On a recent episode of my Future of Work Talk show, I interviewed my friend, Jill Christensen, best-selling author, international keynote speaker, and one of the leading experts in the world on the topic of employee engagement. I was initially drawn to Jill because we like, think about, write about, and speak about a lot of the same topics: The role culture plays in attracting, hiring, and retaining top talent, how engaged employees lead to business growth, profitability, and great customer experiences, and, well, you know, little things like that. There is unquestionably a global employee engagement crisis in organizations today, and fixing that is top of mind for business leaders and their HR counterparts.
The Employee Engagement Crisis
What is employee engagement? Is there really an employee engagement crisis? Employee engagement is defined as how connected, how invested, or how emotionally committed an employee is to the organization they work for and its goals. Do they care about the work they do? Do they care about the company they’re doing it for?
Great. Now we know what employee engagement is, but is there really an employee engagement crisis? Jill’s extensive research on this topic indicates that there is. In fact, data shows that on average a whopping 13 percent of employees are engaged. That means that there are some 87 percent of employees, the vast majority of folks in the workforce, don’t care. They are showing up, checking the boxes, and waiting until it’s either time to head home at the end of another day, or marking time until their next opportunity comes along.
I’d call that an employee engagement crisis, wouldn’t you?
Corporate Culture versus Employee Experience
Sometimes people get corporate culture and employee experience confused, but they are really very different things. Companies talk a lot about corporate culture, especially when they’re recruiting top talent in a highly competitive job market or writing copy for their websites. But sometimes talking the talk about culture and employee experience is different than walking the walk. How are they different? Corporate culture is ‘the way things work around here’ and employee experience is ‘the way I feel about how things work around here.’ Different. Very different.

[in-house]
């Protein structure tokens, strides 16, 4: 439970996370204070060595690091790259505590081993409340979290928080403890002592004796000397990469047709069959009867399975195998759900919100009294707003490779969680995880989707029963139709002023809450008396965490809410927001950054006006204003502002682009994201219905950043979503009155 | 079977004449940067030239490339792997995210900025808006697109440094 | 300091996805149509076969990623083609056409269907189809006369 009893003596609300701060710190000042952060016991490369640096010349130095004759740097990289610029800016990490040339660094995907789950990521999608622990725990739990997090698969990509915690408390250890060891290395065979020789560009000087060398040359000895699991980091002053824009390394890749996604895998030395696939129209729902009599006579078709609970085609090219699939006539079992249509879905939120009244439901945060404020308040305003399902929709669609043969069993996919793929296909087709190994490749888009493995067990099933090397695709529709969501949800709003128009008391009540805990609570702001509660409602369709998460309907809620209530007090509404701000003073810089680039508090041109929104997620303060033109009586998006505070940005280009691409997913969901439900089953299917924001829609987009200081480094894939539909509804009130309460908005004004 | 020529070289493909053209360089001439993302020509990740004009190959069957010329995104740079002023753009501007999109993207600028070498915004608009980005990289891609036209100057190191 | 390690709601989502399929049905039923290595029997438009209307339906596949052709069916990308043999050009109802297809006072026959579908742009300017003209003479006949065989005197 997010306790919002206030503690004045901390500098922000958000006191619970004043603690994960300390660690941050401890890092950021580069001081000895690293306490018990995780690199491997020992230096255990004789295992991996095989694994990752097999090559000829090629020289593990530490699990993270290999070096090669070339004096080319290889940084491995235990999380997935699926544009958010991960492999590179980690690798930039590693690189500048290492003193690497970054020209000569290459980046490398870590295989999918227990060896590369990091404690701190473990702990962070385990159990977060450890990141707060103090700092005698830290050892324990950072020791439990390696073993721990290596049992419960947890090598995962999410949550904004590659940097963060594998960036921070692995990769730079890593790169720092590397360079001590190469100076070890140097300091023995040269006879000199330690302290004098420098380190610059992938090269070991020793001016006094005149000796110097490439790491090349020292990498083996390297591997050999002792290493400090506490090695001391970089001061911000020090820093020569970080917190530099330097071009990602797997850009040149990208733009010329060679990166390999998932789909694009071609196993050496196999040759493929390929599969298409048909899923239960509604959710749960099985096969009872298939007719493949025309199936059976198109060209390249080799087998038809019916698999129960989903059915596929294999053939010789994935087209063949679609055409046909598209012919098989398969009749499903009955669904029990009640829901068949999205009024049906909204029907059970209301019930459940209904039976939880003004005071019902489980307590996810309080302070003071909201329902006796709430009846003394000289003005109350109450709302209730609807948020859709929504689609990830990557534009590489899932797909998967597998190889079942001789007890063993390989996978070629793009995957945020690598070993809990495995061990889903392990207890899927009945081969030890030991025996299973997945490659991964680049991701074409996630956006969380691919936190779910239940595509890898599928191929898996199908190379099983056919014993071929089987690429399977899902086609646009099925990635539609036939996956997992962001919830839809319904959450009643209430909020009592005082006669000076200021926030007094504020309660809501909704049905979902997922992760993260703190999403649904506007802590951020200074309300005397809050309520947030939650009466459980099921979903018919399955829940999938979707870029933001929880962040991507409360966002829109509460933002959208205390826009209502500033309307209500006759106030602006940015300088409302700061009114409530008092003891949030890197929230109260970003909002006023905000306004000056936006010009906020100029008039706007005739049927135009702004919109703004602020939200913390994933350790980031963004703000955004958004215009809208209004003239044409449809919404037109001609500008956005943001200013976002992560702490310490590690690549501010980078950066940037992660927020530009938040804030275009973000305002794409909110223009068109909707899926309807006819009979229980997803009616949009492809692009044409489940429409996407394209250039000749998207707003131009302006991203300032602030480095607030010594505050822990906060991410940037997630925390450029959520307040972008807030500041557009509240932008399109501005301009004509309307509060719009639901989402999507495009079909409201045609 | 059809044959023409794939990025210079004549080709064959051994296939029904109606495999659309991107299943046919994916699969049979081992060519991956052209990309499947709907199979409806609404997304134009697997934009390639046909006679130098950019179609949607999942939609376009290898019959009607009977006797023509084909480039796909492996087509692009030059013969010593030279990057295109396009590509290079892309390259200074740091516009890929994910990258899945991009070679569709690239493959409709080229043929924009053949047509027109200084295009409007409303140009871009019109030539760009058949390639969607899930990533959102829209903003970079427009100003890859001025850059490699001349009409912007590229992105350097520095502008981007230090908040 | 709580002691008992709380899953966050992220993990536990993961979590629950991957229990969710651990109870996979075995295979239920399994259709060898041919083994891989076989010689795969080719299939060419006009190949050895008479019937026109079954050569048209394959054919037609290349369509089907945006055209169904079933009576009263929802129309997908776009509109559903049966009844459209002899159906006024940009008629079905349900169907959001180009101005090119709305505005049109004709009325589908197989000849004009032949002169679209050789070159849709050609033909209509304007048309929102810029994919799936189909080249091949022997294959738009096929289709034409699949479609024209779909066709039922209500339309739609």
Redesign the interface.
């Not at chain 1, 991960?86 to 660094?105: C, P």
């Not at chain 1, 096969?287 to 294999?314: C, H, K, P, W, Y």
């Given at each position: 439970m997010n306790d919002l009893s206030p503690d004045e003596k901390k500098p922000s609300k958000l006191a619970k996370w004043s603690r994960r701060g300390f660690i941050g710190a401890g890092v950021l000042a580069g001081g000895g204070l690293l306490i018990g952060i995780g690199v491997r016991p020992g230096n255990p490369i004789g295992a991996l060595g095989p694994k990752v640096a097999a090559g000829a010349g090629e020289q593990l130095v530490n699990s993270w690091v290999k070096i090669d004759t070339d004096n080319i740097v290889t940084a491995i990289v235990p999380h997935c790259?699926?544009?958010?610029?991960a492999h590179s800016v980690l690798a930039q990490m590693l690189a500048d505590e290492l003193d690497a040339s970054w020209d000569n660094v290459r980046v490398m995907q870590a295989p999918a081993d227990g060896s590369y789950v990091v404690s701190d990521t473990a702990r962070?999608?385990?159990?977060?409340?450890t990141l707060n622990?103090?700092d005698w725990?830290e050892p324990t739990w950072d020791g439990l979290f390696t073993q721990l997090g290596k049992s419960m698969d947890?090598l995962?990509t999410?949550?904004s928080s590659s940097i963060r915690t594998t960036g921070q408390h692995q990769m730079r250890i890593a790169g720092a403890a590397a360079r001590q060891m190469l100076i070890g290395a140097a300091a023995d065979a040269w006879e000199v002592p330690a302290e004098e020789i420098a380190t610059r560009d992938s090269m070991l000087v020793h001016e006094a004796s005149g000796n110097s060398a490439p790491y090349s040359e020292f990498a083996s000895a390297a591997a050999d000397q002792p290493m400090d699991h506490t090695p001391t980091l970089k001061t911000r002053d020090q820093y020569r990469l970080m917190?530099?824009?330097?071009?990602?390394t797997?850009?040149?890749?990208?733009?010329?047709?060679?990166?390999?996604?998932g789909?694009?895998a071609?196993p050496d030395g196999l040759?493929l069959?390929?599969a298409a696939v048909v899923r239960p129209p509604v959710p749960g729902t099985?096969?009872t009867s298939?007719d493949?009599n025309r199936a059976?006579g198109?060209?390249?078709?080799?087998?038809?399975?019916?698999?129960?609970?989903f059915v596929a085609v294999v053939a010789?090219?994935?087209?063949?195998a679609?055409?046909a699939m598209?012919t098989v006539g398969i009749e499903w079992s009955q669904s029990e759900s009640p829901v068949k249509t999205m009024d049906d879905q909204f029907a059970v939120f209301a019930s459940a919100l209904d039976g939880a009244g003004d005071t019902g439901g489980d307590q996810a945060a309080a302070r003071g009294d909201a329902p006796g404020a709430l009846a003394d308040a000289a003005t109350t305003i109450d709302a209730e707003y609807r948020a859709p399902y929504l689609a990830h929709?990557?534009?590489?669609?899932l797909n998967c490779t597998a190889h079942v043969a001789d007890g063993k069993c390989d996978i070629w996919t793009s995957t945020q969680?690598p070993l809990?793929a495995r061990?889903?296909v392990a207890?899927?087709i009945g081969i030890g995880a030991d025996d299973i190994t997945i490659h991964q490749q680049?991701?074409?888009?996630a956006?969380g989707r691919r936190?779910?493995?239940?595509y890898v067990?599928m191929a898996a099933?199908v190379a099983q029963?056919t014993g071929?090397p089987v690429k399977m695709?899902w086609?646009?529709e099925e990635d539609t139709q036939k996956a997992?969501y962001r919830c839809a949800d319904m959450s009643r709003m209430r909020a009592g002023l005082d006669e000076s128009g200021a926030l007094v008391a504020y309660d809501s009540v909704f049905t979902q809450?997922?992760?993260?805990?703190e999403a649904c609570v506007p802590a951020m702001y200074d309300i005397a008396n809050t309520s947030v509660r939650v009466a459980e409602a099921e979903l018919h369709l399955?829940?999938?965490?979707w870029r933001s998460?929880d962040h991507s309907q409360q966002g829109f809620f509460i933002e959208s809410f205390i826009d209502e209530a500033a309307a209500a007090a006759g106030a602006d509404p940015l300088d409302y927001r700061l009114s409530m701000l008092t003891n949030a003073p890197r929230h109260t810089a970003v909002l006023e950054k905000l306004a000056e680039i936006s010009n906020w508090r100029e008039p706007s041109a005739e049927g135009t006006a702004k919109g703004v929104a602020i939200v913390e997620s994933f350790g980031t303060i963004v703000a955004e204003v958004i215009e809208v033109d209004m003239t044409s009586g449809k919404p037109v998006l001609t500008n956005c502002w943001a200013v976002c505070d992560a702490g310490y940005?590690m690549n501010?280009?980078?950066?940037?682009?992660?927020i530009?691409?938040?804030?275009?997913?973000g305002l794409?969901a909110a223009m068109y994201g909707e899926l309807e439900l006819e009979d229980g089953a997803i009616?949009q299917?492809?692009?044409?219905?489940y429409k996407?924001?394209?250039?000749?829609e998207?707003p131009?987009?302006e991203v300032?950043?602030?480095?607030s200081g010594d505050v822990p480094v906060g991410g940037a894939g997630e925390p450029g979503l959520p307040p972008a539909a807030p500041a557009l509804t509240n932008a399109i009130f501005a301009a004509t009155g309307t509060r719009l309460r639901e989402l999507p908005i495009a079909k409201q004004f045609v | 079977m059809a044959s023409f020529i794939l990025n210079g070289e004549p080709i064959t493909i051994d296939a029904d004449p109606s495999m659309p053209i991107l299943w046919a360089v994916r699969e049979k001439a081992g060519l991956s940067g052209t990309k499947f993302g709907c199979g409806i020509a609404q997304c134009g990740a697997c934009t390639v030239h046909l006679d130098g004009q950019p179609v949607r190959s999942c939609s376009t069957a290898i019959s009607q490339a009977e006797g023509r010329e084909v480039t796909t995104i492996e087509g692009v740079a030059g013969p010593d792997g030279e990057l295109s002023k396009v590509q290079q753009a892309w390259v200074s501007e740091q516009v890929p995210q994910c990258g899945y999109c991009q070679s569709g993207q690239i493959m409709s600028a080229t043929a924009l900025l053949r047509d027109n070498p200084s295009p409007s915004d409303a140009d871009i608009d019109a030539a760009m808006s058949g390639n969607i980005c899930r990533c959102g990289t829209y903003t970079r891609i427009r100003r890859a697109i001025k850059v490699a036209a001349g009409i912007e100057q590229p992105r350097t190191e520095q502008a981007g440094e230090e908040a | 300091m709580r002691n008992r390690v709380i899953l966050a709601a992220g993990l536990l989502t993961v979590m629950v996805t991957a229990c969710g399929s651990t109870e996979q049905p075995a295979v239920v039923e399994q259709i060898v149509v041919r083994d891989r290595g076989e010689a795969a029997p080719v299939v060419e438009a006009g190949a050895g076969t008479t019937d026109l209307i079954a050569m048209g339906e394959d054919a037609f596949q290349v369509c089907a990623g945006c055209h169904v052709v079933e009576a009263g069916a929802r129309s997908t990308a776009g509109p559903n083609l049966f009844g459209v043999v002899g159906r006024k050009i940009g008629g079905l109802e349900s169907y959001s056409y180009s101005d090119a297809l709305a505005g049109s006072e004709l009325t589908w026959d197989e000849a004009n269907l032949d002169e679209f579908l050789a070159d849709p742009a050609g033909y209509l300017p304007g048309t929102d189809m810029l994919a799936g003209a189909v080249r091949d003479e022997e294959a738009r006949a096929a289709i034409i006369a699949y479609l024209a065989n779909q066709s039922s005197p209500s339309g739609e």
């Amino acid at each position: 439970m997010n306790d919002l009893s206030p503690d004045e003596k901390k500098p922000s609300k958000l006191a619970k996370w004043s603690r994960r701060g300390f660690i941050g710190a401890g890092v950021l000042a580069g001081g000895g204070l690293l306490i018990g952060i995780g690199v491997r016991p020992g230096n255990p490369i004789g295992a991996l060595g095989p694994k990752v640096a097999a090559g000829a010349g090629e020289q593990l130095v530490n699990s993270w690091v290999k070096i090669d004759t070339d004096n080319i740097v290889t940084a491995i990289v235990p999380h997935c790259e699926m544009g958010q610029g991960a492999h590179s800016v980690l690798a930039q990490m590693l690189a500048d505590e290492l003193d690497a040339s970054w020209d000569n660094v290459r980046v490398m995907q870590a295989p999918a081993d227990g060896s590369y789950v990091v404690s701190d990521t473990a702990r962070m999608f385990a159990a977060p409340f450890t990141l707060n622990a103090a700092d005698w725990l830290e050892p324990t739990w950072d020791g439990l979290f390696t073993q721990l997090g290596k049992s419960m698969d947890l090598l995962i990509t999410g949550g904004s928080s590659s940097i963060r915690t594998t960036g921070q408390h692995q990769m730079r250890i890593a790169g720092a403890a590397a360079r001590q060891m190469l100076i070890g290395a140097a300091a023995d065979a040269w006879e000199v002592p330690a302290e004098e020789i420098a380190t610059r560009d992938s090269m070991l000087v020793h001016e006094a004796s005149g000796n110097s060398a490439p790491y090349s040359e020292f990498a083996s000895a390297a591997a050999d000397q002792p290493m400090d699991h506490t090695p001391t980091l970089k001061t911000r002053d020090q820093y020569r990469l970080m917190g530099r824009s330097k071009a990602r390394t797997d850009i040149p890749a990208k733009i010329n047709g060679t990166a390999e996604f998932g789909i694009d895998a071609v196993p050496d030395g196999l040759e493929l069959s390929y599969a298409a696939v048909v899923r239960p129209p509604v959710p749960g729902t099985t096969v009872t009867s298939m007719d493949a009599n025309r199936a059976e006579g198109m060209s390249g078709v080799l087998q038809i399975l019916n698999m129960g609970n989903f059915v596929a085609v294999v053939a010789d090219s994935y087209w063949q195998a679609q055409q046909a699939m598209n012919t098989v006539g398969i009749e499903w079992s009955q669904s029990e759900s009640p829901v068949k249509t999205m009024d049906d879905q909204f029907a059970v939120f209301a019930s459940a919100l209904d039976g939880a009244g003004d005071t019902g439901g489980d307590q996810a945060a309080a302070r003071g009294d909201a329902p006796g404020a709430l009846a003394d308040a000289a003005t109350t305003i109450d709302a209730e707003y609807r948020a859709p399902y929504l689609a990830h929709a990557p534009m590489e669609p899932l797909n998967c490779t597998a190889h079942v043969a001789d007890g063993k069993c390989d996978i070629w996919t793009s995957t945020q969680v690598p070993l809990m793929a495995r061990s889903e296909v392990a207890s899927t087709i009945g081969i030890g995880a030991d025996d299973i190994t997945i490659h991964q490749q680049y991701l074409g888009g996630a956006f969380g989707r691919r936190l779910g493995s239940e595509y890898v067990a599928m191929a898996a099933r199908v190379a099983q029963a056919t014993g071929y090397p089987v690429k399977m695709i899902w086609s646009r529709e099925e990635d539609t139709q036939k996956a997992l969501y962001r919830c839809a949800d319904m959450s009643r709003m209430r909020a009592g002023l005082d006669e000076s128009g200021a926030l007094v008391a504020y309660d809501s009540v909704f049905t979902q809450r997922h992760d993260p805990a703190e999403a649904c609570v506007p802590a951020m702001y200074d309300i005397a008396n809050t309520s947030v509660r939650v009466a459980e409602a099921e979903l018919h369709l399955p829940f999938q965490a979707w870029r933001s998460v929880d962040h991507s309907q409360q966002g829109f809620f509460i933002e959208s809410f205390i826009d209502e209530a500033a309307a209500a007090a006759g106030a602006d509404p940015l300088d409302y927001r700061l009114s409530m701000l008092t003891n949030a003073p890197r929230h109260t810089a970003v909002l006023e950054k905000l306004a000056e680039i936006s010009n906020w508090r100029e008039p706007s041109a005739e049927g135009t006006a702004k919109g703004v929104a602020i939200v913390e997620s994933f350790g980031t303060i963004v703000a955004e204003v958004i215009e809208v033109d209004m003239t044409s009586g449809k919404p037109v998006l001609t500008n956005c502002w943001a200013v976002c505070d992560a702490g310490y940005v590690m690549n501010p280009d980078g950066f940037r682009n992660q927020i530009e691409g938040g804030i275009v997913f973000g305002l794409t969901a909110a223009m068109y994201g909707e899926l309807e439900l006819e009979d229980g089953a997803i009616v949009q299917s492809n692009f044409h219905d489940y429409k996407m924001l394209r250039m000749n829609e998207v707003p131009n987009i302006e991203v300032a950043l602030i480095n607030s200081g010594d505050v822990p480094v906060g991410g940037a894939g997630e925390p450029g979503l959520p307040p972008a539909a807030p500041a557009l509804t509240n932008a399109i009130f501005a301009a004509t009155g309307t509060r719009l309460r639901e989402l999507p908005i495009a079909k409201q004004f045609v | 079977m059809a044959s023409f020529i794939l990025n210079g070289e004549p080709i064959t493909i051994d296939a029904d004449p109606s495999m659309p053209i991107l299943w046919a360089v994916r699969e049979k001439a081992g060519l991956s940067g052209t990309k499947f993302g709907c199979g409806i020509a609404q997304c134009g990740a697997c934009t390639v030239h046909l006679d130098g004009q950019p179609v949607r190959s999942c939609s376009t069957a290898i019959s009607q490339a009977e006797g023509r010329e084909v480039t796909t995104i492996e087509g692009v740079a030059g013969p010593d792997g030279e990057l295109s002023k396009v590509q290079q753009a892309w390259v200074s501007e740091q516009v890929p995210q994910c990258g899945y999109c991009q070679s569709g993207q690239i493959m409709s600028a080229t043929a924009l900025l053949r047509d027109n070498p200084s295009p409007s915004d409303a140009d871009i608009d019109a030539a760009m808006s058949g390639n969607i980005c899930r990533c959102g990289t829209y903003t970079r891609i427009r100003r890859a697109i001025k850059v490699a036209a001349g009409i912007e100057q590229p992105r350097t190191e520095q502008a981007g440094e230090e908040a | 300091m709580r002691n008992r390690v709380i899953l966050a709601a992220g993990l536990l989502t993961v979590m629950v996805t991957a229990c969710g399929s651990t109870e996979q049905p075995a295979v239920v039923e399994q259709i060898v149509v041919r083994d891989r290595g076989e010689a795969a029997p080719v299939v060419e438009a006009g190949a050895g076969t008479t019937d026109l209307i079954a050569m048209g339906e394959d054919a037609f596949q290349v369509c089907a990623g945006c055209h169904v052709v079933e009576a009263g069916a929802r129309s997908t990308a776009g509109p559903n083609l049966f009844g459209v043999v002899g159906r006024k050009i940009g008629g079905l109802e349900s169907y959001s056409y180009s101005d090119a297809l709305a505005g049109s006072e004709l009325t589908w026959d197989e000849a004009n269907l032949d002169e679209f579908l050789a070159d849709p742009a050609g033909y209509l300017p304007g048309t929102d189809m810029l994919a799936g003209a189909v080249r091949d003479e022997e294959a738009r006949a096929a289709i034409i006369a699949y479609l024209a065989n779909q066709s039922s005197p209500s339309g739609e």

Great Corporate Culture and Engaged Employees Fuel Digital Transformation
Companies the world over are rushing to embrace digital transformation and integrate technology into their business operations. The problem there is that all the tools and technology in the world don’t lead to successful digital transformation. That relies solely on people, and their ability to and interest in adopting technology as part of business operations. People are what make great companies great, not technology. Think about some of the best companies in the world, the ones known for great culture, happy employees, and great customer experiences. Costco, Zappos, Chik-Fil-A, Whole Foods, Southwest Airlines – these are all brands that I personally interact with and where I never encounter an unhappy or unpleasant employee. In my experience (and there’s also a fair amount of data to back this up, don’t think I’m just making this stuff up), the folks who work for these companies are universally wonderful to be around and to interact with. They care about their customers and it shows. I’d bet that is largely because they are highly engaged employees – employees who love the jobs they do and the companies they work for.
How to Get on the Right Track with Employee Engagement
As I mentioned, Jill’s an expert when it comes to cracking the code of employee disengagement, and her book: If Not You, Who? Cracking the Code of Employee Disengagement is a best-seller for good reason. Jill joined me recently for my Future of Work Talk show and we took a deep dive into this topic. We covered things like:
- How bad is the global employee engagement crisis?
- What are the benefits of having engaged employees?
- Why hasn’t progress been made in three decades?
- What can organizations do to change this and make progress?
Watch the video of our conversation here and take your first steps toward fixing the employee engagement levels within your organization.
If you prefer to listen, you can access the podcast here (and hey, subscribe while you’re there, we’ve got some great interviews coming up!):
What are your biggest challenges when it comes to the employee engagement crisis? Have you taken steps to figure out where your employees are on the engagement scale? If not, we have some suggestions for you on great vendor partners who can help with that, so let us know, we’ll be glad to point you in the right direction.
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